Objective 3. Mainstream climate risk and opportunity assessments

  1. Labor will build on the National Climate Resilience and Adaptation Strategy, and pursue the inclusion of climate change risks and impacts in core policy development and assessment documentation. As noted above, Labor will seek guidance from the Climate Change Authority on adaptation planning. Promising commitments but lacking detail.

  2. Labor will restore $300m funding to CSIRO.

  3. Will pursue reinstatement of Senate Inquiry into Carbon Risk Disclosure to inform Labor policy. Welcome commitment to reviving a valuable inquiry.

Policy positives

  • Target of net zero emissions by 2050 and a 45 per cent reduction in emissions by 2030 are important targets. Keeping warming to 1.5-2°C will require greater ambition in the near term.

  • Clear commitment to carbon budgeting and an active independent role for the CCA.

  • Electricity Modernisation Review an opportunity to reform electricity system, the commitment to replace old high-carbon generation with new clean energy while managing impacts on workers and communities should help smooth this transition. 

  • Carbon pricing framework that could scale up to drive broad-based emission reduction across the economy.

  • Ambitious energy productivity goal but currently lacks strategy to achieve it.

Policy negatives

  • Emission reduction targets currently inadequate to help keep global warming below 2°C.

  • Most detail on key policies to be developed in post-election electricity modernisation review.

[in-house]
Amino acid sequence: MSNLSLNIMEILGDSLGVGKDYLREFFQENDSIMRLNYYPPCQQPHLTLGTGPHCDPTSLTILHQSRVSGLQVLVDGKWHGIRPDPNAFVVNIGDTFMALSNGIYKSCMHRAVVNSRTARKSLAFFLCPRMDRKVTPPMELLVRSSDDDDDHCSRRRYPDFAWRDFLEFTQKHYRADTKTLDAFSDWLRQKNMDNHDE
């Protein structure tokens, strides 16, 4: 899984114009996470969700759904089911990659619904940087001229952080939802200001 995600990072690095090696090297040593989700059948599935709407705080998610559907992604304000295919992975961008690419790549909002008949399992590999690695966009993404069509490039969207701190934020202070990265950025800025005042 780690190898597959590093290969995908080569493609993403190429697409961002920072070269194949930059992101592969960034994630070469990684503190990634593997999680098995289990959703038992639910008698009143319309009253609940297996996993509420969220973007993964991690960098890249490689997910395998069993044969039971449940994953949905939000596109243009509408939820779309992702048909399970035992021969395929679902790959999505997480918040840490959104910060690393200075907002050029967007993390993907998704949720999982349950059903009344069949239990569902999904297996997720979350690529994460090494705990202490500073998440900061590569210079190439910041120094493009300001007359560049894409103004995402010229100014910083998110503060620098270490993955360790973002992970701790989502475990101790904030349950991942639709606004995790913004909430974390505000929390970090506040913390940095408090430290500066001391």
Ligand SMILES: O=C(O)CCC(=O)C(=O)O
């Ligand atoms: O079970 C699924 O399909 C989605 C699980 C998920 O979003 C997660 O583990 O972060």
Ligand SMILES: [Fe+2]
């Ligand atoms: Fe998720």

• No plans to integrate climate risk assessment. 

  • Much significant action put off to 2020 or has no clear start date: e.g. implement vehicle emission standards, full cap-and-trade operation of ETS, transition from high-polluting generation to clean energy.

Summary of Labor's climate policy position

Labor has taken important steps towards credible, scalable and durable climate policy and its goal of a net zero emissions economy by 2050 is an important reference point for national economic planning. Its targets will still lead to warming of 2oC or above, and key aspects of its energy decarbonisation plan are yet to be developed. The clear commitment to ratify in 2016 is welcome, as is Labor’s support for the CCA. Labor continues its support for CEFC and ARENA with the full grant making capacity of the latter in doubt. Electricity modernisation review concluding in 2017 an important opportunity. Labor’s climate risk assessment policies are underdeveloped but has identified some agencies and processes to assist. For these and reasons detailed above Labor’s climate policies are assessed as having pathways to credibility, greater clarity required.

 

The Climate Institute detailed assessment of the Coalition's policies.
Where will Australia’s 2030 per capita pollution stack up with each of the parties policies?